“She’s lucky she was wearing gloves,” I continued, “because the venom in a juvenile cottonmouth is often much more potent than that of a mature specimen. Fortunately, most close-weave fabrics, like that of a cotton glove and especially that of denim jeans, are pretty good at reducing the depth of penetration when a viper bites through them. And because the venom ejection orifice in a viper’s fang is not at the very tip, but some distance up the dorsal surface of the fang shaft, much of the venom will be absorbed in the fabric instead of the bite wound.”

Western Cottonmouth (Agkistrodon piscivorus leucostoma Troost 1836) juvenile; bite on left hand, ring finger, of Margaret Archer, Manvel, TX --- 5 Sep 2011


“Can you make out two fang marks?” I asked.

“Yes,” Darryl answered. “One isn’t very deep, but the other is deeper, and a small amount of blood is there, on her finger.”

Note the pair of whitish spots on Margaret’s finger in the photo at left. the mark on the left is a pinpoint (suggesting the fang penetrated the skin a bit), while the one on the right is a dash (as if that fang grazed the skin but didn’t puncture the skin). Darryl took this photo just before calling me, and though some minor swelling can be seen, it’s nothing like what would be expected of a serious bite from a cottonmouth.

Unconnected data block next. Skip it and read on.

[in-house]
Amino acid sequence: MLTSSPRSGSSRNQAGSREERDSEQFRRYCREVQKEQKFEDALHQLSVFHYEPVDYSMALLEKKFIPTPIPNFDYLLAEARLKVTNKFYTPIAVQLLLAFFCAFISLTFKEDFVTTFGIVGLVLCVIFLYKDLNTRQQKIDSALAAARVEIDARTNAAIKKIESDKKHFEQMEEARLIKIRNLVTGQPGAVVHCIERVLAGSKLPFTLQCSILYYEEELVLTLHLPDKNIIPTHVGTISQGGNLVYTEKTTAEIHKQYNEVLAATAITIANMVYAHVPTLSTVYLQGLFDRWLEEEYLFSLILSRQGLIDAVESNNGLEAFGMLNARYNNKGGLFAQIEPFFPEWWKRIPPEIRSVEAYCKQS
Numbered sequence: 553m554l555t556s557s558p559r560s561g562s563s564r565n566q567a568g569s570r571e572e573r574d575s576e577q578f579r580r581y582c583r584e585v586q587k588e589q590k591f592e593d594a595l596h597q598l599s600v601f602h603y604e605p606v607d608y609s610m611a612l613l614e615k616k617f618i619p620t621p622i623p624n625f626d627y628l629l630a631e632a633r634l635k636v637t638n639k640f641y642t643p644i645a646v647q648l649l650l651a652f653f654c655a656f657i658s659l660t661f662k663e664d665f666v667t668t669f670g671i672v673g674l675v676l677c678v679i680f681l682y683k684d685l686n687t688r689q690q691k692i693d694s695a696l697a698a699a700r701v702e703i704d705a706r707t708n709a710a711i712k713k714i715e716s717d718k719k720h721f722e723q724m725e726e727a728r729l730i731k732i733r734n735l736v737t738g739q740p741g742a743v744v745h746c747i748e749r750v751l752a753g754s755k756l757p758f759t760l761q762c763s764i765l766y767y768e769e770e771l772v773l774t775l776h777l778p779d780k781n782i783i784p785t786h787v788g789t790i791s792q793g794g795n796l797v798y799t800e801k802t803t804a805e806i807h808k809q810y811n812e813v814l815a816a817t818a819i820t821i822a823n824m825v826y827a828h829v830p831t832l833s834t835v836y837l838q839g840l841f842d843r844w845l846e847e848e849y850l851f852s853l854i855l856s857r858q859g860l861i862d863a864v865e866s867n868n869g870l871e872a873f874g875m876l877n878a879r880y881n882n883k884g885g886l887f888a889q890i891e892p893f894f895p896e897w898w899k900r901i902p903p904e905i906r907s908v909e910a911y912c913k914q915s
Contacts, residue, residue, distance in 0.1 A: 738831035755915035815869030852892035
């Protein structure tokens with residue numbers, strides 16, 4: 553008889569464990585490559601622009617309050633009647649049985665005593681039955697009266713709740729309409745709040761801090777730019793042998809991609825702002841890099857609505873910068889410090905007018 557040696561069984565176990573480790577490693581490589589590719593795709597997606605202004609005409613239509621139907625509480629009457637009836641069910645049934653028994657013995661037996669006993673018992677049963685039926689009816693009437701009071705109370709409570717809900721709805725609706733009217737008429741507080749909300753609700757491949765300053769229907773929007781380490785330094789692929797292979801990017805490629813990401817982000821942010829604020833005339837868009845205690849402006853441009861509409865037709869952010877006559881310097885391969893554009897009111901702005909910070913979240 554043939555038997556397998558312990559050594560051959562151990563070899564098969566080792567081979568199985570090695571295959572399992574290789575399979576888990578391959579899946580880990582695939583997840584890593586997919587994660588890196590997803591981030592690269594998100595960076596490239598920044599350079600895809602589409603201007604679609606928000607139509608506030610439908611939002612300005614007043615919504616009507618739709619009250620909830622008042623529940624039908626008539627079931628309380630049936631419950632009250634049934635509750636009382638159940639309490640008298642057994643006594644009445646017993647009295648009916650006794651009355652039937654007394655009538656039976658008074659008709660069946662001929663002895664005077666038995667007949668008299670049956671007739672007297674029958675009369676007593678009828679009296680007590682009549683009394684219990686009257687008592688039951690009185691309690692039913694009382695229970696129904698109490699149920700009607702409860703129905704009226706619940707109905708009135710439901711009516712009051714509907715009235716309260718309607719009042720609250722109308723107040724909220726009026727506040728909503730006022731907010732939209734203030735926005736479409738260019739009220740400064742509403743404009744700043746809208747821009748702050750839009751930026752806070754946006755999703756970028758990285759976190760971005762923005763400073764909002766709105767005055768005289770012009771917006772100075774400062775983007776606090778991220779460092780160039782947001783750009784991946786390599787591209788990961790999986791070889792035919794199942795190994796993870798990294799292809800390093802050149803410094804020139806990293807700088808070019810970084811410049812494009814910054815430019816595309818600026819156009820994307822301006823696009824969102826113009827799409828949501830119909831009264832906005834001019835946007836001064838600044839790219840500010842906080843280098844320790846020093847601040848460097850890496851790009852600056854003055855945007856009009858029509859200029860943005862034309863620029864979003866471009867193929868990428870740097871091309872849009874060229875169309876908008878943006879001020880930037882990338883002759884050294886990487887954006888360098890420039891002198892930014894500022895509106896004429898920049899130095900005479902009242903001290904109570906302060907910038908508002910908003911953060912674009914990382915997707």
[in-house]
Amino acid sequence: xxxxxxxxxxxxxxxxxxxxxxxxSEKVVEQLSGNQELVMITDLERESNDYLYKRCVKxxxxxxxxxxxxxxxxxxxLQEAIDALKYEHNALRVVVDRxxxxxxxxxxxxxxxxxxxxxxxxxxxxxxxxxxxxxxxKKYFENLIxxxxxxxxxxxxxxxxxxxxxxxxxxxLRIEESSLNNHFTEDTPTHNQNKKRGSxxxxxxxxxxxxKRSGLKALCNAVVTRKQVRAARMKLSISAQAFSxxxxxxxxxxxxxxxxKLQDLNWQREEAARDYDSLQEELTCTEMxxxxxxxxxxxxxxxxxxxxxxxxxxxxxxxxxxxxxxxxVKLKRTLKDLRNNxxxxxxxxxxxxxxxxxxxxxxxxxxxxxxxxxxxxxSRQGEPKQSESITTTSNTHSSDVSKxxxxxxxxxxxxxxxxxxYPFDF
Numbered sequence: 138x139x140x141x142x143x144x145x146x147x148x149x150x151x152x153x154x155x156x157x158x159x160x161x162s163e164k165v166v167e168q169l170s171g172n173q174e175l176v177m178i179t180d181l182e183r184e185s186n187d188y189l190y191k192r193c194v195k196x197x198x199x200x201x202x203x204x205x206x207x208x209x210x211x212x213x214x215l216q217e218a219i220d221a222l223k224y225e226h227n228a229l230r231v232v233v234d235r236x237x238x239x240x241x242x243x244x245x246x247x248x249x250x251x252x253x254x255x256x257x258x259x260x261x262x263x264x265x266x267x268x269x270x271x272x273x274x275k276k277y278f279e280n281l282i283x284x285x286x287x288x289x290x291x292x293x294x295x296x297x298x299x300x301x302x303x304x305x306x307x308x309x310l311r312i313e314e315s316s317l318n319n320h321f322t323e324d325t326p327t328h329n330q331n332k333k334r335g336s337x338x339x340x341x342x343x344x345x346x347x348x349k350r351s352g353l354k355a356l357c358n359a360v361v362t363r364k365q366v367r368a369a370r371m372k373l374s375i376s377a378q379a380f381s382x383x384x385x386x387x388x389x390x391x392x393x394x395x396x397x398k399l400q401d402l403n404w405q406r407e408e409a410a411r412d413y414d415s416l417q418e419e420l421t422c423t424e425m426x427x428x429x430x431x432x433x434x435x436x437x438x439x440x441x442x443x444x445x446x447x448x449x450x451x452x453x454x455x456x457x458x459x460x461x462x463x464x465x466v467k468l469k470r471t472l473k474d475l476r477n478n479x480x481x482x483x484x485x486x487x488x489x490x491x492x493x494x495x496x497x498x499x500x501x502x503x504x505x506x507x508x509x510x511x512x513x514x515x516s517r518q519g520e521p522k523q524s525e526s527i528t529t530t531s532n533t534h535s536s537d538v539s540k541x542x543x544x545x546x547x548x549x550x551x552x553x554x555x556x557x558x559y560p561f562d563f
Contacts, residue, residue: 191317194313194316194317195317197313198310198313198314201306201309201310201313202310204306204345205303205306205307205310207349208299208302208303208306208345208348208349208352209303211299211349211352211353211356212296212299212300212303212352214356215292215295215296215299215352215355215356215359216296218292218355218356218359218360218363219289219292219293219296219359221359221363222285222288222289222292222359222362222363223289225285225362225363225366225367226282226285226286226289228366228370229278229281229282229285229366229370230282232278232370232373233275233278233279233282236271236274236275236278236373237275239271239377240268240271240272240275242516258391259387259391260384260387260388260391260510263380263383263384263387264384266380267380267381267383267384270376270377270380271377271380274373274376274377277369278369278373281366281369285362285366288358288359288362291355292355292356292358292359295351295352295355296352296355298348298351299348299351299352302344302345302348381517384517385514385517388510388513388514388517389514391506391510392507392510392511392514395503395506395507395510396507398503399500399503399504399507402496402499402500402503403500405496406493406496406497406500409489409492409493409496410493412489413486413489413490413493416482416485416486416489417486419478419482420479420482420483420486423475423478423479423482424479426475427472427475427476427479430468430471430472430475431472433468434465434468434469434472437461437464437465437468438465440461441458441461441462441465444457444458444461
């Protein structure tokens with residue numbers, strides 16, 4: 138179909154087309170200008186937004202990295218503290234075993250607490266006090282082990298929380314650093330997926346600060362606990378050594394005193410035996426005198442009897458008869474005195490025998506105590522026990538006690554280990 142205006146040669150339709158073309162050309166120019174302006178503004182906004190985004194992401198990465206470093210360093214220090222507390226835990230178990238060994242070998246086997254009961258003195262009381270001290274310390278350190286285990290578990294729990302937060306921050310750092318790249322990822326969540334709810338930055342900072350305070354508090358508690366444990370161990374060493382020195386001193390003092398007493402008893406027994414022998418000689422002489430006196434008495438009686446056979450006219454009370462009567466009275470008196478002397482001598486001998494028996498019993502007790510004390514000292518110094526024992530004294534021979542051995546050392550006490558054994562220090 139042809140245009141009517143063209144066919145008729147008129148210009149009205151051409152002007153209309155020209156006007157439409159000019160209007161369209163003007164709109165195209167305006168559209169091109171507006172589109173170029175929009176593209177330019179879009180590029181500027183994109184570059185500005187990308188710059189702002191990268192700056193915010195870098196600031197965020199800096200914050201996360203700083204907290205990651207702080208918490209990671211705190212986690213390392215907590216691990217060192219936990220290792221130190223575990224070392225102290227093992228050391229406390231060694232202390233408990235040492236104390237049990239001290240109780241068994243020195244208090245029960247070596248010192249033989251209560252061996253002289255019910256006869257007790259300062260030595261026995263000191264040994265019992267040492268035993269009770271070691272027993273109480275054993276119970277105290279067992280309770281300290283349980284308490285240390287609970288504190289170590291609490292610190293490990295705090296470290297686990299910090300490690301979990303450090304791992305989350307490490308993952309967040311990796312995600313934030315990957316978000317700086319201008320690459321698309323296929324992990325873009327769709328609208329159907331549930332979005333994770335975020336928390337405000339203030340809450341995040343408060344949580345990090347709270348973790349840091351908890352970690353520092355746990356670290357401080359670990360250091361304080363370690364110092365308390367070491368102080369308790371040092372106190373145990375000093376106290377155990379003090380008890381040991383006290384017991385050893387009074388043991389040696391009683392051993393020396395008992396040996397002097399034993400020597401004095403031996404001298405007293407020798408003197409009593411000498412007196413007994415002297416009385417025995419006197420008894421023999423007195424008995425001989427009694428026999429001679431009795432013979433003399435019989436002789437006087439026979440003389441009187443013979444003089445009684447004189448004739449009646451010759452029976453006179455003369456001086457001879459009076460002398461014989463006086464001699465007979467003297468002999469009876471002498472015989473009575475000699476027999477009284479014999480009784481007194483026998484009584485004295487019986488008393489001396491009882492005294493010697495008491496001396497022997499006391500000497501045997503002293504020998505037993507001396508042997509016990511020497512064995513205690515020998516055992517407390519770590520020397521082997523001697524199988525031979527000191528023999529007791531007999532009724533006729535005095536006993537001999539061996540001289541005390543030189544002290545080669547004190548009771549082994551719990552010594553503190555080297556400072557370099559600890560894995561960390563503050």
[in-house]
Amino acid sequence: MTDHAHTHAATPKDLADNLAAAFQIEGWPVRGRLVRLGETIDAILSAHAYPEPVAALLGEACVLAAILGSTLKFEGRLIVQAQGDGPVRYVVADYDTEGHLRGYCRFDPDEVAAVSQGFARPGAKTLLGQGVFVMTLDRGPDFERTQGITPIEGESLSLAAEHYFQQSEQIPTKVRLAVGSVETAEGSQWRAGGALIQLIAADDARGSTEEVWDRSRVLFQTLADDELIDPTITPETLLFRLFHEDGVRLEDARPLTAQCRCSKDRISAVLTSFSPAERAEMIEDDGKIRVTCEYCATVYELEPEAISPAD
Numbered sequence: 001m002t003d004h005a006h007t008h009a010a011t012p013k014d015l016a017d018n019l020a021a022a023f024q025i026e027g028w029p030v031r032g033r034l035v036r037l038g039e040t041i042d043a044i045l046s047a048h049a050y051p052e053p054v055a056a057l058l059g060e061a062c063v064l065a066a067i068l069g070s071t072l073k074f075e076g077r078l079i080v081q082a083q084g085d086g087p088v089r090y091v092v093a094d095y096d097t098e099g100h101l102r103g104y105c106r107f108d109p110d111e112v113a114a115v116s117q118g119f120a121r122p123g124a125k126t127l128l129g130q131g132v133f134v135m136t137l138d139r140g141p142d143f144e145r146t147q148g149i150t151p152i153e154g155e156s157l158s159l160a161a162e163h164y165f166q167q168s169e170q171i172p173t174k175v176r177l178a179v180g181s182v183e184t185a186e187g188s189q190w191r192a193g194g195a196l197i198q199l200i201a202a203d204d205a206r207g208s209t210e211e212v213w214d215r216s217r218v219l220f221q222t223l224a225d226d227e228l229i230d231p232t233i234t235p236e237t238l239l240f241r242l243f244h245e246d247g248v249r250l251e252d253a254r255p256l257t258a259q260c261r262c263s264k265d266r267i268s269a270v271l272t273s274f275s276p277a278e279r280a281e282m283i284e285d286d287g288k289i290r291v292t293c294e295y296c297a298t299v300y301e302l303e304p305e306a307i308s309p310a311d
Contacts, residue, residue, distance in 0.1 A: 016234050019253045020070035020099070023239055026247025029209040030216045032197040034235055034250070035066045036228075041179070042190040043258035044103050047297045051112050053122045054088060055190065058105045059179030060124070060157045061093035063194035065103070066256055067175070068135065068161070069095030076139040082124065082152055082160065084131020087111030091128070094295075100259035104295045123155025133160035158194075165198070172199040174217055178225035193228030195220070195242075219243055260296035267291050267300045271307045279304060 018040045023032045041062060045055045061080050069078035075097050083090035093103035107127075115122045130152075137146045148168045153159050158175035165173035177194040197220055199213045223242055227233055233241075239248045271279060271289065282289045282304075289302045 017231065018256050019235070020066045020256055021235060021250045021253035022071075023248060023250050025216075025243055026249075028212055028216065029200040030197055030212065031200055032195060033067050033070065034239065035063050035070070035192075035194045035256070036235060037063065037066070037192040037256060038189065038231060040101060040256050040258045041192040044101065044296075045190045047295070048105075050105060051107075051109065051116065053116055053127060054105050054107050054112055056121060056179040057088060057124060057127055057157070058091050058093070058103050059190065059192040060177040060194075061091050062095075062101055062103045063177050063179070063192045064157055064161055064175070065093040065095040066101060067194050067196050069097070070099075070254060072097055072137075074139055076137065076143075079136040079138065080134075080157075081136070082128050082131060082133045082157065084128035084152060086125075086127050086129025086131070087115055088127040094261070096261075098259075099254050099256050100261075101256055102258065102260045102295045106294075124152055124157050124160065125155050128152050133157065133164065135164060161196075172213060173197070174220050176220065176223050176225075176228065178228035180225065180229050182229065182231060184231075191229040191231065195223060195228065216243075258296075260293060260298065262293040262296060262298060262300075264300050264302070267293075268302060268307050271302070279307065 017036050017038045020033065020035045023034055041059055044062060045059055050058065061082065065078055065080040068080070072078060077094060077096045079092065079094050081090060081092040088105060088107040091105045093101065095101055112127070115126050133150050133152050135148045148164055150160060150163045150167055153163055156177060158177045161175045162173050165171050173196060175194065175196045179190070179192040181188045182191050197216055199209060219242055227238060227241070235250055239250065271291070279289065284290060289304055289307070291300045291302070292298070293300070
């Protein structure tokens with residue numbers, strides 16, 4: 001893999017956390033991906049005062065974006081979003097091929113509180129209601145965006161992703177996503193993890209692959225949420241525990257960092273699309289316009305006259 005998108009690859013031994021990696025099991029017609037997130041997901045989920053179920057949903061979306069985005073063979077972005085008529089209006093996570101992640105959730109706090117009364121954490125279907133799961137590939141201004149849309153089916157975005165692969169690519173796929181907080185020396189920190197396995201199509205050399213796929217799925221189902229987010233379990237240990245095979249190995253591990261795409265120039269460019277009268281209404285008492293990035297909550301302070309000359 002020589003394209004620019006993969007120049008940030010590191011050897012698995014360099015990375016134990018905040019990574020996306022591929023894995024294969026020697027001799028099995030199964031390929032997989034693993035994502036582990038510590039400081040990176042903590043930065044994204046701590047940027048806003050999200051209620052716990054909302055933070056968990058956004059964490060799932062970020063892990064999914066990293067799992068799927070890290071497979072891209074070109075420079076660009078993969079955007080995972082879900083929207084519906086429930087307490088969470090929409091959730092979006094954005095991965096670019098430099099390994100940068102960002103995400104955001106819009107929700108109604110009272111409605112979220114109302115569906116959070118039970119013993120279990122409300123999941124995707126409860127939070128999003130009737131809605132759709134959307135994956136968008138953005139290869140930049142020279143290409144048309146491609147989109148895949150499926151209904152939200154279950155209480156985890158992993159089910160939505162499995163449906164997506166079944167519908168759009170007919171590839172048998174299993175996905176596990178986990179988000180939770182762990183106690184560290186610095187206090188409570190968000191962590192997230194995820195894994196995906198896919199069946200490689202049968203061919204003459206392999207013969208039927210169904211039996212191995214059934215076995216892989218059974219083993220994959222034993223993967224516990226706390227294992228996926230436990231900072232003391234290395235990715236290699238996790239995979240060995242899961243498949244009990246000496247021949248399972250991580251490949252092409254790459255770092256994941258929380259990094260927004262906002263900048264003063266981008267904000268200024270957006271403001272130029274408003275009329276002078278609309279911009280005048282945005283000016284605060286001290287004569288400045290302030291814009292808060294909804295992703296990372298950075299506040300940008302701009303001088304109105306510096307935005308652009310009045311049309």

“How long ago did this bite occur?”

“It’s been about 45 minutes to an hour. We were searching the Internet to see if we could identify the snake, but weren’t having any luck. Then we called a friend, Mark Turvey, who gave us your phone number.”

“Is there any swelling?”

“No,” Darryl said. “Well, maybe a tiny bit, and she feels a little pain but nothing bad.”